Much of the financial sector took a pounding Monday, as investors parsed through the Friday failure
of IndyMac Bank
and worried about a similar fate for other large banks with significant mortgage exposure.
Washington Mutual (WM)
saw its shares fall 35 percent to $3.23 after Lehman Brothers Holdings Inc. (LEH)
analyst Bruce Harting predicted the bank faced $26 billion of losses, including $21 billion for mortgages -- and said the bank would set aside $4 billion in reserves for bad loans, driving a steep Q2 loss when it reports earnings on July 22.
The bank’s portfolio includes some $57 billion in option ARM mortgages; and credit quality among negative amortization loan products has been quickly deteriorating among lenders that once specialized in the product.
Shares rebounded sharply in after-hours trading after the bank released a statement
saying it is "well capitalized" under regulatory definitions, pointing to liquidity of more than $40 billion and $150 billion in retail deposits -- share prices jumped 8.36 percent on the news.
News also broke Monday evening that WaMu is laying off further employees
, after reportedly cutting 1,200 in its last round of layoffs on June 19
National City bleeds; Wachovia pinched, too
Mega-regional bank National City Corp. (NCC)
had similar little luck in Monday trading, and saw its shares tank to the tune of 15 percent, closing at $3.77. The Cleveland bank actually saw trading temporarily halted
on Monday after the bank's stock price fell to $3.21 a share, down 27 percent -- the pause came so that the bank could attempt to reassure investors and prevent a possible run on deposits.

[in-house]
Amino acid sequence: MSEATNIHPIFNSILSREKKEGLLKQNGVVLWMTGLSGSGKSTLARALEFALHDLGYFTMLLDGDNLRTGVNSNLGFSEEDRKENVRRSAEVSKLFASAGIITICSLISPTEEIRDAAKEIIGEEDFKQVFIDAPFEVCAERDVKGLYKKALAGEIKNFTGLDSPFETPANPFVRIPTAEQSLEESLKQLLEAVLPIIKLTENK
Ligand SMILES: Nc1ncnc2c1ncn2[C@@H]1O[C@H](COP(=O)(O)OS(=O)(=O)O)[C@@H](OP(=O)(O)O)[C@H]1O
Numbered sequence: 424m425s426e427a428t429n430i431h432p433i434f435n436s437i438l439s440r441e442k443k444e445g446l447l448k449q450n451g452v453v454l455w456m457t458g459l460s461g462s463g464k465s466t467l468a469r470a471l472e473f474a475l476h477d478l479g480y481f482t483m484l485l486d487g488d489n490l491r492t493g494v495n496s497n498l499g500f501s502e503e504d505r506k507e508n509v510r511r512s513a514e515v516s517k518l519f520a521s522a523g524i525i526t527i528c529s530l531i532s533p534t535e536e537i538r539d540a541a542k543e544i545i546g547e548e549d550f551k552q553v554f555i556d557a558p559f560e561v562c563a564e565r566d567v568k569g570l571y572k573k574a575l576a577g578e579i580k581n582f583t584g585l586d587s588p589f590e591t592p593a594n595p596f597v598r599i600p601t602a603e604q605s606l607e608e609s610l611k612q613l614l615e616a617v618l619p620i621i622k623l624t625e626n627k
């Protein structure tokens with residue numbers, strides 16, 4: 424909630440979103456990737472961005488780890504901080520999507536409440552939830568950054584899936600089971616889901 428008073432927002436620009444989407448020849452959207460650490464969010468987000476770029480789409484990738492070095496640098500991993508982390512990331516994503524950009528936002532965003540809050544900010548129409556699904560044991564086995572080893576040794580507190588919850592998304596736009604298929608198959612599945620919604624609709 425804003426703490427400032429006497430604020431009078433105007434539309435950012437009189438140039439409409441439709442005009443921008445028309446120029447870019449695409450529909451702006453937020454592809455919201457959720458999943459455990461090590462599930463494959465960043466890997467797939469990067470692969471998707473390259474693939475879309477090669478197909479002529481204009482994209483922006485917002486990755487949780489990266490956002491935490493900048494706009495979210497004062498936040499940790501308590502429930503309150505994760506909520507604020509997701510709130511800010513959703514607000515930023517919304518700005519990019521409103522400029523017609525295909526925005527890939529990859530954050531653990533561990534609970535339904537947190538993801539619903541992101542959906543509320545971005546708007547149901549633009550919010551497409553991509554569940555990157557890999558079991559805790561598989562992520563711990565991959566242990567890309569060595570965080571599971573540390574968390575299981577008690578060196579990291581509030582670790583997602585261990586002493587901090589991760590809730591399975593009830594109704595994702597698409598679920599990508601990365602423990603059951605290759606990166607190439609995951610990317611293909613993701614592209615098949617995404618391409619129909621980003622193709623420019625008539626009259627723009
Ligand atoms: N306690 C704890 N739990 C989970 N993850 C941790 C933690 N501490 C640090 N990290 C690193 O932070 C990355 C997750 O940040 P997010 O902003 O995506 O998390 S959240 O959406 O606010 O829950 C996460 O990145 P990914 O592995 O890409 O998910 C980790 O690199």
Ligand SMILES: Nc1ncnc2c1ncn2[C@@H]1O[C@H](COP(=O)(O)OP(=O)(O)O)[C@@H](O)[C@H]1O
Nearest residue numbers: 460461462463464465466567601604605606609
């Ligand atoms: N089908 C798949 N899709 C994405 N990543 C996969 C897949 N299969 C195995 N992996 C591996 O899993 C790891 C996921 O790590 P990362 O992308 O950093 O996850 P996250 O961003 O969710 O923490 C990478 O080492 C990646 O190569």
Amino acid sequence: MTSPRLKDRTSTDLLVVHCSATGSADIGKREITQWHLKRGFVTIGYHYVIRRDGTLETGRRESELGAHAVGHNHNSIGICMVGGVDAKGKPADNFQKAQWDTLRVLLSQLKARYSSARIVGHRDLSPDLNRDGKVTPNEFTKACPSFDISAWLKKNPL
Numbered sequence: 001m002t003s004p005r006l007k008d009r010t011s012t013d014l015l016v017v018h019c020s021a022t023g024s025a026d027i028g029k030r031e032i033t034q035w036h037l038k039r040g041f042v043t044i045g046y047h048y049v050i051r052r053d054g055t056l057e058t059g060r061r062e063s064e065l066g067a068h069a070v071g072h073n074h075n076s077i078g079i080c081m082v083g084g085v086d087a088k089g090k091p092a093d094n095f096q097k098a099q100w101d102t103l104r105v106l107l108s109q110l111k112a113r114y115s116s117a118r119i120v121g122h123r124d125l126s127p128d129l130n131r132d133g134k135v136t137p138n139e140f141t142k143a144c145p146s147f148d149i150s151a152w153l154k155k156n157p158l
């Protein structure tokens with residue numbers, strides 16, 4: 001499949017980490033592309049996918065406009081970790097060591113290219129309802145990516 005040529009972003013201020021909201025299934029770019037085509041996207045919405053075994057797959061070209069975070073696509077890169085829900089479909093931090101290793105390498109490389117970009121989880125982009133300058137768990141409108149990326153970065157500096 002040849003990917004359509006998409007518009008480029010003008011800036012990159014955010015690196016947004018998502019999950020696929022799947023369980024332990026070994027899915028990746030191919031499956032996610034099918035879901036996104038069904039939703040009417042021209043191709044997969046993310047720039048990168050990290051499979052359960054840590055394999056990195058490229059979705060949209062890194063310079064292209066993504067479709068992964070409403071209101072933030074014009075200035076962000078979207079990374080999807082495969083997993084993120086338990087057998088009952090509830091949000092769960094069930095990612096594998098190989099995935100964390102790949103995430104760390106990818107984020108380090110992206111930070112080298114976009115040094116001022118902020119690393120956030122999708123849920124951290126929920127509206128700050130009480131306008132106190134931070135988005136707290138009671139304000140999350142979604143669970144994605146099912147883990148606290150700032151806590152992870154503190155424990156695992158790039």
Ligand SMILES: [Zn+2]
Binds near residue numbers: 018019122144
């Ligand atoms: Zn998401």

"National City is experiencing no unusual depositor or creditor activity. As of the close of Friday’s business, the bank maintained more than $12 billion of excess short-term liquidity," the bank said in its press statement. "Further, as a result of our recent $7 billion capital raise, National City maintains one of the highest Tier I regulatory capital ratios among large banks."
Wachovia Corp. (WB)
also found itself caught up in investor worry Monday, with shares closing at $9.84, off nearly 15 percent, over fears that the bank's substantial option ARM portfolio could take a larger chunk out of the bank than originally thought.
Wachovia said last week that it expects to report an after-tax loss of between $2.6 and $2.8 billion, or $1.23 to $1.33 per share, for the second quarter, as it sets aside an additional $4.2 billion to build loan loss reserves tied mostly to its former Pick-a-Pay mortgage lending program.
The bank holds a substantial $170 billion residential mortgage portfolio; a whopping $121 billion of that total was in the form of option ARMs at the end of Q1.
Disclosure: The author was long FRE and held various put option contracts on WB when this story was originally published. HW reporters and writers follow a strict disclosure policy, the first in the mortgage trade.